Friends of 
Mason Neck State Park


  • 18 Jun 2017 9:08 AM | Thomas Blackburn (Administrator)

    Dr. Michael Johnson, the former Senior Archaeologist for Fairfax County, led a walking lecture along Belmont Bay on Saturday, June 17.  Thirty-eight people joined the walk.  Dr. Johnson briefly discussed the splitting of Pangea into the present-day continents and its impact on the geology of Virginia, and then focused on the changes in the geography of the Mason Neck area since the last Ice Age.  He explained that Belmont Bay did not exist 10,000 years ago, and that the Occoquan River once meandered near the current location of Mason Neck State Park. 

    Turning to more recent times, Dr. Johnson explained that in the early 17th century, Native Americans grew corn on land in Belmont Bay, and that the land gradually was submerged due to rising sea levels and subsidence of the land.  He discussed Native American archaeological sites that are now under water, and how he recovered 30 2,000 year-old artifacts from the floor of Belmont Bay using a garbage can with the bottom cut out as a cofferdam to keep out water while he worked.  He also pointed out the site of the home of Reverend Massey, the pastor of Pohick Church, where George Washington once worshipped; and discussed the excavation of a Native American platform hearth on what is now the bike trail near the intersection of Gunston Road and High Point Road.  

    Dr. Johnson, who has studied the Mason Neck area for forty years, agreed to return to the Park for another lecture later this year.  

  • 08 Jun 2017 9:26 PM | Thomas Blackburn (Administrator)

    The Mason Neck Citizens Association gave its Citizen of the Year award to David Stapleton, the Assistant Park Manager of Mason Neck State Park, at the May 20 Eagle Festival at the Park. The award is presented to an individual who has made a significant contribution to the preservation of the historic, archaeological, and environmental resources of Mason Neck.

    Dave turned his great love of the outdoors into a 33 year career with our State Parks. He's been a key figure at Mason Neck State Park for the last twenty five years, helping it develop into one of Virginia’s best state parks. He's also been instrumental in producing all 20 Eagle Festivals.

    Dave is highly regarded by his coworkers, who feel he has done much for them and the Park. When asked about Dave's best qualities, Park Manager Reinhardt Gray was quick to respond “faith, family, and integrity”. Those of us on the Friends board who have worked with him, concur.

    Dave will be retiring at the end of the year and enjoying more time with his wife and 5 sons. While we wish him well, we'll certainly miss him.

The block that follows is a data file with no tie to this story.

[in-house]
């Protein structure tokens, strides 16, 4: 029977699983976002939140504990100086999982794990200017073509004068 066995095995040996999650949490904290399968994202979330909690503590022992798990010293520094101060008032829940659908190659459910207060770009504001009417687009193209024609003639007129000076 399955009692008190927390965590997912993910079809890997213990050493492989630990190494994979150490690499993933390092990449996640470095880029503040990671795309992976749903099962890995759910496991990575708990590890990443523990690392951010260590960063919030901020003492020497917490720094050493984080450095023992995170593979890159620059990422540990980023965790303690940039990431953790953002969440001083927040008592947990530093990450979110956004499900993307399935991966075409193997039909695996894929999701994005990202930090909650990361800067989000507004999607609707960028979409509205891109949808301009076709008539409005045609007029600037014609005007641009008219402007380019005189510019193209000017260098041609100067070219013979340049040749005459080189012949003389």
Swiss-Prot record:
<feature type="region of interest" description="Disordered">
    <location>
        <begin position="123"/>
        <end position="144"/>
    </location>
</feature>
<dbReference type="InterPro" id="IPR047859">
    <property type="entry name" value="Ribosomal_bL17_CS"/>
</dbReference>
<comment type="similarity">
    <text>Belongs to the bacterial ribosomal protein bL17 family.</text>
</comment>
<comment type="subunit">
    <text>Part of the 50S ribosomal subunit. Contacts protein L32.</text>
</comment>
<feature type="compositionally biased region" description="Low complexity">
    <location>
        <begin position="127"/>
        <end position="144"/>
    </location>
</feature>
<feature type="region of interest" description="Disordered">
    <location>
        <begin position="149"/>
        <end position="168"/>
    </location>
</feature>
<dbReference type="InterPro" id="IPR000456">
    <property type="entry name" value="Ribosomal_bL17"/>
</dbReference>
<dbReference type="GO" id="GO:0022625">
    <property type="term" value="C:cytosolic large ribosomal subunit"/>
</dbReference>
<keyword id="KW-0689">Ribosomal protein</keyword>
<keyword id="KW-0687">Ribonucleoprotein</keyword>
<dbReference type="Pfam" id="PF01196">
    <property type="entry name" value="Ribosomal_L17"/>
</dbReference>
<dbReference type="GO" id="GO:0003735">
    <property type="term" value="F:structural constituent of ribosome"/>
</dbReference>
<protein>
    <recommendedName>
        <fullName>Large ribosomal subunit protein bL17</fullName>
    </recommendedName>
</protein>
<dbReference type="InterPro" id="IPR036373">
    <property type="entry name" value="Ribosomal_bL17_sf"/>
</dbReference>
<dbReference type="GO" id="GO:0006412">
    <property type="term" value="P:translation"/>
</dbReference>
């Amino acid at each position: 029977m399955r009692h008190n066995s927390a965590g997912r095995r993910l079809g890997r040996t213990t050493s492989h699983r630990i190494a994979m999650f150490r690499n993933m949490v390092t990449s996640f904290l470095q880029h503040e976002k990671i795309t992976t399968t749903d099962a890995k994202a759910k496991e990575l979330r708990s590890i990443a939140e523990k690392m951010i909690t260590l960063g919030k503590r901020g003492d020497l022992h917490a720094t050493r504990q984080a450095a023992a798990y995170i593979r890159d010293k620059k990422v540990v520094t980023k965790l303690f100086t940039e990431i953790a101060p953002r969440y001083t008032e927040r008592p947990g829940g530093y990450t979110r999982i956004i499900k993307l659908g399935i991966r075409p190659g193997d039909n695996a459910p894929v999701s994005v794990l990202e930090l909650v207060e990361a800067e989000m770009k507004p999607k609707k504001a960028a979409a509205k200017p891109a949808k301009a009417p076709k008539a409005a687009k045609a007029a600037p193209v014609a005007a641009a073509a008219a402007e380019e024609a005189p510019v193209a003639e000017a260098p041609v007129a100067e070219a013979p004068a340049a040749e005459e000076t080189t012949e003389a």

• 10 May 2017 9:55 AM | Thomas Blackburn (Administrator)

    The Board of Directors of the Friends of Mason Neck State Park recognized Kim Thompson for her years of service to the Park at the Board's May 8 meeting.  Board members described Kim as the "heart and mind" of the Friends and stated that without her, the Friends would not exist.  The Board presented Kim with a plaque commemorating her service, and Reinhardt Gray, the Park Manager, announced that Kim's name had been added to the Park's plaque recognizing volunteers with more than 1,000 hours of service.  

  • 07 May 2017 10:21 PM | Thomas Blackburn (Administrator)
    Eleven people showed up on May 6 for the Friends of Mason Neck State Park's second Friends hike in the park.  We met at 8:15 at the Wilson's Spring parking lot and hiked the Eagle Spur trail out to the bird blind and back. Pam Cressey, who led the hike, provided a very interesting overview of the geological history of the Mason Neck area and some information about its earliest Native American inhabitants of the area before we started.  We stopped periodically for Pam to give point out and discuss some of the the native plants along the trail, including the first blooms of Mountain Laurel, newly-leafed American Holly, and ferns.  At the bird blind, we all looked at a Bald Eagle across the creek, and one of our hikers spotted a blue-gray gnatcatcher, a Magnolia Warbler and a Black and White Warbler.  We were also entertained by the songs of wood thrushes as we walked through the woods.  It rained on part of the trip back to the parking lot, but the woods were pretty good umbrellas for us; we only got a little wet.  We had a great time, and we all got to know each other a little better.